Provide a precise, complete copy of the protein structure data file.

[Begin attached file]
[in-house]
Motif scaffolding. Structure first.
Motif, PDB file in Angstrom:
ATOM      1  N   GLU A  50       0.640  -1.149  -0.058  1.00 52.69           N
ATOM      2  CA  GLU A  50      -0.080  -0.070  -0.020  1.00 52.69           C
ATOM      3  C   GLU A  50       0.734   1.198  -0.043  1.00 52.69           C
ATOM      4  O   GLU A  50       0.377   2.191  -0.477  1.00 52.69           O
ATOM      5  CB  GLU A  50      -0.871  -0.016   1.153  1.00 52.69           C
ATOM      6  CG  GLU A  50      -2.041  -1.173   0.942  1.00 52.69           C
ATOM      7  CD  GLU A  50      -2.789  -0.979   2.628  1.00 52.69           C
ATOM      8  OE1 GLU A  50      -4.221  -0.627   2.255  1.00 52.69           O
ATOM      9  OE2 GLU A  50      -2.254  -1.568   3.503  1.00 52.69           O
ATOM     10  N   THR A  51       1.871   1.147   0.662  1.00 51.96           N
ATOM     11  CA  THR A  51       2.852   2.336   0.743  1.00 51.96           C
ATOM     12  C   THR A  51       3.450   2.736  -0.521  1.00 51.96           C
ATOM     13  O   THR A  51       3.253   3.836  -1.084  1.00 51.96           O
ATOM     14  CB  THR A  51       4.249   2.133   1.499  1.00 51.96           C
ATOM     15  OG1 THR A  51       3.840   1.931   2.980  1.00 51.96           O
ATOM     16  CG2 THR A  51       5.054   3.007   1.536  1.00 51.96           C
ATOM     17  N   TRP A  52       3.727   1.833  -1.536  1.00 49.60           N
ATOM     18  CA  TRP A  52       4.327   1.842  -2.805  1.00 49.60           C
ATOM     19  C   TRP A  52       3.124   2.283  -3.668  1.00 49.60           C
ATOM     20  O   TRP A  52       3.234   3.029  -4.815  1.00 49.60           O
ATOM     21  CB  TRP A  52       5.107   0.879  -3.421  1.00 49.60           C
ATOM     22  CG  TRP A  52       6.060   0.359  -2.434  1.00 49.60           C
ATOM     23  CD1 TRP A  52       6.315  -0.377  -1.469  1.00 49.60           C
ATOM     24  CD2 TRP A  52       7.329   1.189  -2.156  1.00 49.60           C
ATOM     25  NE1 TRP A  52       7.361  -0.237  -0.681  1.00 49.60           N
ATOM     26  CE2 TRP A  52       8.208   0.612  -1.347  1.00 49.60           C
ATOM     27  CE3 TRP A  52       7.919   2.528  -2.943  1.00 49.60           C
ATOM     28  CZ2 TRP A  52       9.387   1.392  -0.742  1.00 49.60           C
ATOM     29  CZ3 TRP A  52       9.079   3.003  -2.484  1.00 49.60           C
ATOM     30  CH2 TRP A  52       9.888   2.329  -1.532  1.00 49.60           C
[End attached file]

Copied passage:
[in-house]
Motif scaffolding. Structure first.
Motif, PDB file in Angstrom:
ATOM      1  N   GLU A  50       0.640  -1.149  -0.058  1.00 52.69           N
ATOM      2  CA  GLU A  50      -0.080  -0.070  -0.020  1.00 52.69           C
ATOM      3  C   GLU A  50       0.734   1.198  -0.043  1.00 52.69           C
ATOM      4  O   GLU A  50       0.377   2.191  -0.477  1.00 52.69           O
ATOM      5  CB  GLU A  50      -0.871  -0.016   1.153  1.00 52.69           C
ATOM      6  CG  GLU A  50      -2.041  -1.173   0.942  1.00 52.69           C
ATOM      7  CD  GLU A  50      -2.789  -0.979   2.628  1.00 52.69           C
ATOM      8  OE1 GLU A  50      -4.221  -0.627   2.255  1.00 52.69           O
ATOM      9  OE2 GLU A  50      -2.254  -1.568   3.503  1.00 52.69           O
ATOM     10  N   THR A  51       1.871   1.147   0.662  1.00 51.96           N
ATOM     11  CA  THR A  51       2.852   2.336   0.743  1.00 51.96           C
ATOM     12  C   THR A  51       3.450   2.736  -0.521  1.00 51.96           C
ATOM     13  O   THR A  51       3.253   3.836  -1.084  1.00 51.96           O
ATOM     14  CB  THR A  51       4.249   2.133   1.499  1.00 51.96           C
ATOM     15  OG1 THR A  51       3.840   1.931   2.980  1.00 51.96           O
ATOM     16  CG2 THR A  51       5.054   3.007   1.536  1.00 51.96           C
ATOM     17  N   TRP A  52       3.727   1.833  -1.536  1.00 49.60           N
ATOM     18  CA  TRP A  52       4.327   1.842  -2.805  1.00 49.60           C
ATOM     19  C   TRP A  52       3.124   2.283  -3.668  1.00 49.60           C
ATOM     20  O   TRP A  52       3.234   3.029  -4.815  1.00 49.60           O
ATOM     21  CB  TRP A  52       5.107   0.879  -3.421  1.00 49.60           C
ATOM     22  CG  TRP A  52       6.060   0.359  -2.434  1.00 49.60           C
ATOM     23  CD1 TRP A  52       6.315  -0.377  -1.469  1.00 49.60           C
ATOM     24  CD2 TRP A  52       7.329   1.189  -2.156  1.00 49.60           C
ATOM     25  NE1 TRP A  52       7.361  -0.237  -0.681  1.00 49.60           N
ATOM     26  CE2 TRP A  52       8.208   0.612  -1.347  1.00 49.60           C
ATOM     27  CE3 TRP A  52       7.919   2.528  -2.943  1.00 49.60           C
ATOM     28  CZ2 TRP A  52       9.387   1.392  -0.742  1.00 49.60           C
ATOM     29  CZ3 TRP A  52       9.079   3.003  -2.484  1.00 49.60           C
ATOM     30  CH2 TRP A  52       9.888   2.329  -1.532  1.00 49.60           C